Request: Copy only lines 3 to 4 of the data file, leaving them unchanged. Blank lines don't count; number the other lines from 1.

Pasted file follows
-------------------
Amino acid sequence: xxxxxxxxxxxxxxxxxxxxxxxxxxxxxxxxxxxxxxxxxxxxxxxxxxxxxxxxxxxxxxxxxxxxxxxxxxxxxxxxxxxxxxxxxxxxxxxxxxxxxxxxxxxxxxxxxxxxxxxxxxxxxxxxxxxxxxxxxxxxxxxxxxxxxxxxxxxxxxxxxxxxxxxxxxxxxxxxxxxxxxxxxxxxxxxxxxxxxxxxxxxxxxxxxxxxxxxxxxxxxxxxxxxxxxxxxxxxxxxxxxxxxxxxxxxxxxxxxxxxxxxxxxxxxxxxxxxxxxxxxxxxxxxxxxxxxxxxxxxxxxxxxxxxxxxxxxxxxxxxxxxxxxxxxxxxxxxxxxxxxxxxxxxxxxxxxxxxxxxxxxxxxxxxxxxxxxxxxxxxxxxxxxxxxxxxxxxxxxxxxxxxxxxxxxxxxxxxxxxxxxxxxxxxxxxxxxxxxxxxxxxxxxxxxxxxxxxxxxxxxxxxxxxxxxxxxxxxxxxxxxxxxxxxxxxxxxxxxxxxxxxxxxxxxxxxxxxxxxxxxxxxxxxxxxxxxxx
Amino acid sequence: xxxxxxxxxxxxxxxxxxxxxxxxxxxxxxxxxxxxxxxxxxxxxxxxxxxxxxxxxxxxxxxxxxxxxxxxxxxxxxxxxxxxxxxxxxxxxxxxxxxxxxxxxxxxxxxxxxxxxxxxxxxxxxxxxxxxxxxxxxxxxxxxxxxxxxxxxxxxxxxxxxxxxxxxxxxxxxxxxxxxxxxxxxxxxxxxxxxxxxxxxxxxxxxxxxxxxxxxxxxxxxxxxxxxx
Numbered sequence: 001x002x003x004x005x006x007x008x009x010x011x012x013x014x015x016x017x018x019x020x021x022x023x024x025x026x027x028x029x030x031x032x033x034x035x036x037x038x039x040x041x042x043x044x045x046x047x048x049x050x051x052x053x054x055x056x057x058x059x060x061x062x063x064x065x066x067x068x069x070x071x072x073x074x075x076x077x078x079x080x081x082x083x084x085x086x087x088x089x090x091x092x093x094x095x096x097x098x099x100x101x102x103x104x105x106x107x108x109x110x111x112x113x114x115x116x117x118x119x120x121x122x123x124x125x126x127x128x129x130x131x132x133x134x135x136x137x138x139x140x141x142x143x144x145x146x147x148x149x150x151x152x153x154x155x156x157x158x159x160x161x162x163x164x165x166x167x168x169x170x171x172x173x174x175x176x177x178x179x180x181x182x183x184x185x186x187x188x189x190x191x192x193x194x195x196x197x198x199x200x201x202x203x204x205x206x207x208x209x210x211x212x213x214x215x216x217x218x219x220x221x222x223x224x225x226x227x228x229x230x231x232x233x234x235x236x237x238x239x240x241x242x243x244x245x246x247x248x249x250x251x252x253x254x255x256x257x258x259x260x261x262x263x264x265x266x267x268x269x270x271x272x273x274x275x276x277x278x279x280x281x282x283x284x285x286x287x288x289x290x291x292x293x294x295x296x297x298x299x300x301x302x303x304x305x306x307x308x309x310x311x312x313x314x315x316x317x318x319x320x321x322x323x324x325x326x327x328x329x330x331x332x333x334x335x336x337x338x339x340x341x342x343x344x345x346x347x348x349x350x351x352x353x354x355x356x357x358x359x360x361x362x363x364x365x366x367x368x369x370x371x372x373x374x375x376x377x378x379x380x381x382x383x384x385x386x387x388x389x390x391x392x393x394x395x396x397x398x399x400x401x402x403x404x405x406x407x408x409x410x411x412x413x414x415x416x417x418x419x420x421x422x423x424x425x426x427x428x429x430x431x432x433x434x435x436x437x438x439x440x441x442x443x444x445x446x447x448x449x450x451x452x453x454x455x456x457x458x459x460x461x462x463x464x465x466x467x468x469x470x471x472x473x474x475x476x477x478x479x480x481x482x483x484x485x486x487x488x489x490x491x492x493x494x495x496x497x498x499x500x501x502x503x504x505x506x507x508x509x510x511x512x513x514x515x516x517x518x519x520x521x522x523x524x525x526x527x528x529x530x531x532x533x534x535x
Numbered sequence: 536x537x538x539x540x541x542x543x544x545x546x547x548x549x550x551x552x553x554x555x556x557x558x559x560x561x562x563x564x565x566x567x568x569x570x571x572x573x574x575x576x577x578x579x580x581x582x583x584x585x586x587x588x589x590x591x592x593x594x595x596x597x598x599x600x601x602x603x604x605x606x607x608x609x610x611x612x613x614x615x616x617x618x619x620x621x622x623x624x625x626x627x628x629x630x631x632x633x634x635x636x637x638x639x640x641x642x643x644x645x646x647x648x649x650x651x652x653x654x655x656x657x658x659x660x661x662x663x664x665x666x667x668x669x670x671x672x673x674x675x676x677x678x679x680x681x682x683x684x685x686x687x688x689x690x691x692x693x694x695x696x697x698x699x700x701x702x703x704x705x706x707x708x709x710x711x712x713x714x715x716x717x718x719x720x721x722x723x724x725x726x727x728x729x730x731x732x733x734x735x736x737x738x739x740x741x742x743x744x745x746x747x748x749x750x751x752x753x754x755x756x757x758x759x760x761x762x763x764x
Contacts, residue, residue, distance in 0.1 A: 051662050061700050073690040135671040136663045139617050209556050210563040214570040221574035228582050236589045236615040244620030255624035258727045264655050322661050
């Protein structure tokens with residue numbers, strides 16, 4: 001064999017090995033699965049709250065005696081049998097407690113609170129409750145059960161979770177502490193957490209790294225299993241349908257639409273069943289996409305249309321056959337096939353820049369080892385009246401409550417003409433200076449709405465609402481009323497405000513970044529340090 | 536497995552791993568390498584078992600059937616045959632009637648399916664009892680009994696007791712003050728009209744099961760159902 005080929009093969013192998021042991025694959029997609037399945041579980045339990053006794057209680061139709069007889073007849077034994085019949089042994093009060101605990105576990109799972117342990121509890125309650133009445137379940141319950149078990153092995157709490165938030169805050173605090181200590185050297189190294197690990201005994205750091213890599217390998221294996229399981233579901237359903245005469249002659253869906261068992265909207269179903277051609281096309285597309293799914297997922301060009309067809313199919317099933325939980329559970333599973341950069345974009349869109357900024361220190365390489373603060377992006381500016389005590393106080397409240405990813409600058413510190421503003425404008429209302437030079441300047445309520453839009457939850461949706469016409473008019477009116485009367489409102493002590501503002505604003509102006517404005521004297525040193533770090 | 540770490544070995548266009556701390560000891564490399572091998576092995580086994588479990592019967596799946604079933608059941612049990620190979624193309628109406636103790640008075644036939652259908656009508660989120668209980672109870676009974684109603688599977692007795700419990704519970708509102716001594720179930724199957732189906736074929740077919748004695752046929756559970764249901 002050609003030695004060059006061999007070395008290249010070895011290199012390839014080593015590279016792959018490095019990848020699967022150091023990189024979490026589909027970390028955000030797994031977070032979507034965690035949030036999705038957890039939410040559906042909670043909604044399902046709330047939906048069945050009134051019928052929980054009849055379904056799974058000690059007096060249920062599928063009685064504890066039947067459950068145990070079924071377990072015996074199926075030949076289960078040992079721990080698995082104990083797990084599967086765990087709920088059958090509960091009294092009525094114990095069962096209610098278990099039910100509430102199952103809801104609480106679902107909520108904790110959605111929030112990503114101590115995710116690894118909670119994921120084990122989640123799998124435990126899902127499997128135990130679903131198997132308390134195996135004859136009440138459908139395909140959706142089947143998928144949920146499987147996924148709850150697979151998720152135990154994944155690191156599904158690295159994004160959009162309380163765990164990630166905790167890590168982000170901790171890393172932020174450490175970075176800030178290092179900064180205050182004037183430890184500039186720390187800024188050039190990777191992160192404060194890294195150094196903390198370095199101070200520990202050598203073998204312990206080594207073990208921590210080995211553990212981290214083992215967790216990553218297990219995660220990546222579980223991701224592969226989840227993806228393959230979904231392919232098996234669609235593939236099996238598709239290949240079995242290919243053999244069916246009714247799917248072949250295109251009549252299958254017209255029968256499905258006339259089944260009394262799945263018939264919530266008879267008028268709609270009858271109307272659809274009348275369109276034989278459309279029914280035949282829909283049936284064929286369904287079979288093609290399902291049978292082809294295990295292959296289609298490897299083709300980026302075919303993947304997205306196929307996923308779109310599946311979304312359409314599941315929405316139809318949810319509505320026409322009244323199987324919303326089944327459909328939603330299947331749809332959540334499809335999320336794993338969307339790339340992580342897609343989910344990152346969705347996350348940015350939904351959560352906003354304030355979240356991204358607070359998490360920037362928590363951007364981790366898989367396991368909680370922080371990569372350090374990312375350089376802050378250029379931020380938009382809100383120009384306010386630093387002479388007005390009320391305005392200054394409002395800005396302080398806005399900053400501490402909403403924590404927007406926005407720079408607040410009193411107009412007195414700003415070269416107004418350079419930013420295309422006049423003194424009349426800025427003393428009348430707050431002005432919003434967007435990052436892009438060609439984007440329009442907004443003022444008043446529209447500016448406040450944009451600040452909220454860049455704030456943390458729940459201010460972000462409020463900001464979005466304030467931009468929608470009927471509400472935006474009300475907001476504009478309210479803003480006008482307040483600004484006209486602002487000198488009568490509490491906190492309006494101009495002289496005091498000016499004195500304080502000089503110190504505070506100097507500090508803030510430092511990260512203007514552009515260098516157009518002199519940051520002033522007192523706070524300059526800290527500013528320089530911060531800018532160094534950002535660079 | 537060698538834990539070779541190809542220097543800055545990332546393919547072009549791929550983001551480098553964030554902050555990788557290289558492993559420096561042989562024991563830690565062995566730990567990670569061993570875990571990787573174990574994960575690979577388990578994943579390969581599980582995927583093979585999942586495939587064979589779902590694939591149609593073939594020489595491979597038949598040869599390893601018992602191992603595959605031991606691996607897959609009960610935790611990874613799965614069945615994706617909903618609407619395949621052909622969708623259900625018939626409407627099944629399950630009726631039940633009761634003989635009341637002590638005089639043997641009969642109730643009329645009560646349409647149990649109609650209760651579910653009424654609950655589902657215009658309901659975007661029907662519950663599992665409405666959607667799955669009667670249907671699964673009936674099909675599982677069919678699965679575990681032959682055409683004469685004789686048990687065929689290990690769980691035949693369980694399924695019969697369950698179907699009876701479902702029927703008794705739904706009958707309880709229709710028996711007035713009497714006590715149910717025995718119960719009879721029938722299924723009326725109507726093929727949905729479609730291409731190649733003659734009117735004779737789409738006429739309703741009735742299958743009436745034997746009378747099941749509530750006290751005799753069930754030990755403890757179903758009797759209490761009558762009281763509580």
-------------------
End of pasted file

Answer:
Numbered sequence: 001x002x003x004x005x006x007x008x009x010x011x012x013x014x015x016x017x018x019x020x021x022x023x024x025x026x027x028x029x030x031x032x033x034x035x036x037x038x039x040x041x042x043x044x045x046x047x048x049x050x051x052x053x054x055x056x057x058x059x060x061x062x063x064x065x066x067x068x069x070x071x072x073x074x075x076x077x078x079x080x081x082x083x084x085x086x087x088x089x090x091x092x093x094x095x096x097x098x099x100x101x102x103x104x105x106x107x108x109x110x111x112x113x114x115x116x117x118x119x120x121x122x123x124x125x126x127x128x129x130x131x132x133x134x135x136x137x138x139x140x141x142x143x144x145x146x147x148x149x150x151x152x153x154x155x156x157x158x159x160x161x162x163x164x165x166x167x168x169x170x171x172x173x174x175x176x177x178x179x180x181x182x183x184x185x186x187x188x189x190x191x192x193x194x195x196x197x198x199x200x201x202x203x204x205x206x207x208x209x210x211x212x213x214x215x216x217x218x219x220x221x222x223x224x225x226x227x228x229x230x231x232x233x234x235x236x237x238x239x240x241x242x243x244x245x246x247x248x249x250x251x252x253x254x255x256x257x258x259x260x261x262x263x264x265x266x267x268x269x270x271x272x273x274x275x276x277x278x279x280x281x282x283x284x285x286x287x288x289x290x291x292x293x294x295x296x297x298x299x300x301x302x303x304x305x306x307x308x309x310x311x312x313x314x315x316x317x318x319x320x321x322x323x324x325x326x327x328x329x330x331x332x333x334x335x336x337x338x339x340x341x342x343x344x345x346x347x348x349x350x351x352x353x354x355x356x357x358x359x360x361x362x363x364x365x366x367x368x369x370x371x372x373x374x375x376x377x378x379x380x381x382x383x384x385x386x387x388x389x390x391x392x393x394x395x396x397x398x399x400x401x402x403x404x405x406x407x408x409x410x411x412x413x414x415x416x417x418x419x420x421x422x423x424x425x426x427x428x429x430x431x432x433x434x435x436x437x438x439x440x441x442x443x444x445x446x447x448x449x450x451x452x453x454x455x456x457x458x459x460x461x462x463x464x465x466x467x468x469x470x471x472x473x474x475x476x477x478x479x480x481x482x483x484x485x486x487x488x489x490x491x492x493x494x495x496x497x498x499x500x501x502x503x504x505x506x507x508x509x510x511x512x513x514x515x516x517x518x519x520x521x522x523x524x525x526x527x528x529x530x531x532x533x534x535x
Numbered sequence: 536x537x538x539x540x541x542x543x544x545x546x547x548x549x550x551x552x553x554x555x556x557x558x559x560x561x562x563x564x565x566x567x568x569x570x571x572x573x574x575x576x577x578x579x580x581x582x583x584x585x586x587x588x589x590x591x592x593x594x595x596x597x598x599x600x601x602x603x604x605x606x607x608x609x610x611x612x613x614x615x616x617x618x619x620x621x622x623x624x625x626x627x628x629x630x631x632x633x634x635x636x637x638x639x640x641x642x643x644x645x646x647x648x649x650x651x652x653x654x655x656x657x658x659x660x661x662x663x664x665x666x667x668x669x670x671x672x673x674x675x676x677x678x679x680x681x682x683x684x685x686x687x688x689x690x691x692x693x694x695x696x697x698x699x700x701x702x703x704x705x706x707x708x709x710x711x712x713x714x715x716x717x718x719x720x721x722x723x724x725x726x727x728x729x730x731x732x733x734x735x736x737x738x739x740x741x742x743x744x745x746x747x748x749x750x751x752x753x754x755x756x757x758x759x760x761x762x763x764x